Maple Syrup Season Early in Northeast Ohio

As a result of an unseasonably warm January in Northeast Ohio, some maple syrup producers have started tapping their maple trees which usually does not start until the middle of February. “This reinforces what I and others know and have said,” said Mary Ross of the Mohawk Valley Trading Company of Utica NY, where their maple syrup is made primarily from sugar maple sap. “There is a growing body of evidence that the earth’s ambient temperature is rising.”

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Maple Syrup - The Mowhawk Valley Trading Company

Maple Syrup - The Mowhawk Valley Trading Company

Utica, NY (PRWEB) January 22, 2013

In Northeast Ohio, the unseasonably warm daily average temperature last January was above average by 4.4 degrees and the daily average before the arctic blast this January is 5.5 degrees above average. As a result of this, some maple syrup producers have started tapping their maple trees which usually does not start until the middle of February.

Pam Richards, of Richards Maple Products in Chardon said “Since it was so nice last week, we had good traffic in our store over the weekend and some people have already begun to tap. Last year if they didn’t tap in January they were out of luck.”

This reinforces what I and others know and have said; ” said Mary Ross of the Mohawk Valley Trading Company of Utica NY, where their maple syrup is made primarily from sugar maple sap. “there is a growing body of evidence that the earth’s ambient temperature is rising.”

“Over 5 years ago Timothy D. Perkins, Ph.D., director of the University of Vermont’s Proctor Maple Research Center, testified before Congress in 2007, that maple syrup season starts approximately 8 days earlier than it did 40 years ago and ends approximately 11 days earlier.” Ross continued. “And the U.S. Global Change Research Program reported that temperatures in maple-sugar production regions of New England have steadily increased since 1916.”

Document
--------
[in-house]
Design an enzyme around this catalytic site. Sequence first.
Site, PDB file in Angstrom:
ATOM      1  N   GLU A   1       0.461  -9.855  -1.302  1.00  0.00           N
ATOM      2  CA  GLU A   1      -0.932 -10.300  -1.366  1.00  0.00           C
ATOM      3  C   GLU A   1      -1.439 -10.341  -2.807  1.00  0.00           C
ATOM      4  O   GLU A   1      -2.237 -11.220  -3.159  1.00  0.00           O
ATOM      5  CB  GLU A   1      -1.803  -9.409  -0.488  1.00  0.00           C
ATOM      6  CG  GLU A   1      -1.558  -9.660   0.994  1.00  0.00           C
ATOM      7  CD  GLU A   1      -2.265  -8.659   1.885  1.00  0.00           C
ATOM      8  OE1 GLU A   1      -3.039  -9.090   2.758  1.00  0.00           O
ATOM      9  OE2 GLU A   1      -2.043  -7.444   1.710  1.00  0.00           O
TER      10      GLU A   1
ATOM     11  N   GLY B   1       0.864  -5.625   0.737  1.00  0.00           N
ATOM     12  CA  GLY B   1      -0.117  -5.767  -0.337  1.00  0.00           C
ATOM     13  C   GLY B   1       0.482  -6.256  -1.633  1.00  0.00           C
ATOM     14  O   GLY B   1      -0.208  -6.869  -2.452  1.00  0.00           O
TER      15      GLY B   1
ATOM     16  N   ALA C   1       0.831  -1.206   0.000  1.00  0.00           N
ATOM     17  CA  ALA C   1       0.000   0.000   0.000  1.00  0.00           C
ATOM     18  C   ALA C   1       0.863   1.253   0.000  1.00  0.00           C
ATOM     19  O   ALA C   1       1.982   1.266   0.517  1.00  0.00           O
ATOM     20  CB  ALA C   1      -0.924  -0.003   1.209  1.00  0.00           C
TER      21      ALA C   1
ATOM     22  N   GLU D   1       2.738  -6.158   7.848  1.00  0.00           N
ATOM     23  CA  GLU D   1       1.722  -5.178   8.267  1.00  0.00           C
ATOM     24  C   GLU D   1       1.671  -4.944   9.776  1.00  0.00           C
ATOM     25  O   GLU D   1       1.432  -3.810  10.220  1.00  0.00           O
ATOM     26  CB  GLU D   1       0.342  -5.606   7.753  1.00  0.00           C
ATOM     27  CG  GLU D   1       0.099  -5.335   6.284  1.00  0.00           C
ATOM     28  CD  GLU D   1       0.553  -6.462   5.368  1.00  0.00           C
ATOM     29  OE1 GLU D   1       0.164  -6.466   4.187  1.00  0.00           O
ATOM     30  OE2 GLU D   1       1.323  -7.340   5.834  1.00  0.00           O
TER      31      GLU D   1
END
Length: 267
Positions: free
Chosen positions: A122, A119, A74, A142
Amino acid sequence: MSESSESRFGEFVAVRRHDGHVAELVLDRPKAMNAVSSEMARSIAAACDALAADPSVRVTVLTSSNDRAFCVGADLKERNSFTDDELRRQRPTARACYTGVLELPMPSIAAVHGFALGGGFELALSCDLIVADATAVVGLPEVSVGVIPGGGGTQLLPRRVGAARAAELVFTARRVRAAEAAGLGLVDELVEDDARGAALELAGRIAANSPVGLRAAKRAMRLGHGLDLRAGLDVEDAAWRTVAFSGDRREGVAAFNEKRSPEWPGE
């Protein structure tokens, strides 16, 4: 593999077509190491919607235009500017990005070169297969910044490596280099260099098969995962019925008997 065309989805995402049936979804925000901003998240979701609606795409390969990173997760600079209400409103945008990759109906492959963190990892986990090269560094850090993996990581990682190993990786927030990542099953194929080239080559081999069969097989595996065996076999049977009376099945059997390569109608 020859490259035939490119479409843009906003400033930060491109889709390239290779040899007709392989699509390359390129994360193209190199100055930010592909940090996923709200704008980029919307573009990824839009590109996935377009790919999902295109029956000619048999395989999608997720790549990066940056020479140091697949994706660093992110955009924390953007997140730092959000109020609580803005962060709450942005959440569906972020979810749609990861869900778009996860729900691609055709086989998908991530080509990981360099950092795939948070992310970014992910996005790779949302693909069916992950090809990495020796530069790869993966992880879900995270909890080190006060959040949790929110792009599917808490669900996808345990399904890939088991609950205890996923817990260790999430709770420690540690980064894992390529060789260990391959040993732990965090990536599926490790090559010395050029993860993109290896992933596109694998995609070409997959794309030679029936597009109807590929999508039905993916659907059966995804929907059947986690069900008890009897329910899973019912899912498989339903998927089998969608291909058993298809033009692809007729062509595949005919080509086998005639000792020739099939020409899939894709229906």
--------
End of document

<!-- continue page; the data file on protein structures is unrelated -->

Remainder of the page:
According to the National Weather Service, both Cleveland and Akron show 2012 being the warmest year on record. The normal daily average temperature for Cleveland was 4 degrees above average, and warmer than the record set in 1998 by a half-degree.

April, September, October and November are the only four months out of the year where the daily long-term averages temperatures were below average. March was without a doubt the month that had the warmest temperatures in 2012 with the daily long-term average 13 degrees above normal. May (plus-5.2 degrees), July (plus-4.5 degrees), and December (plus-5.4 degrees) were included in other considerably warm months.

Akron’s below daily and above daily averages closely matched those of Cleveland as well with the daily average temperature for the year was plus-3.8 degrees.

About Maple Syrup

The production of maple syrup in North America predates European colonization. Early Native American societies in Canada and the northeastern United States were distilling maple syrup and sugar before those geographic boundaries existed. Maple sugar is made from the controlled crystallization of maple syrup and takes several forms.There is no written record of the first syrup production but several native legends persist. Many tribes celebrated the short maple sap collection season with specific rituals.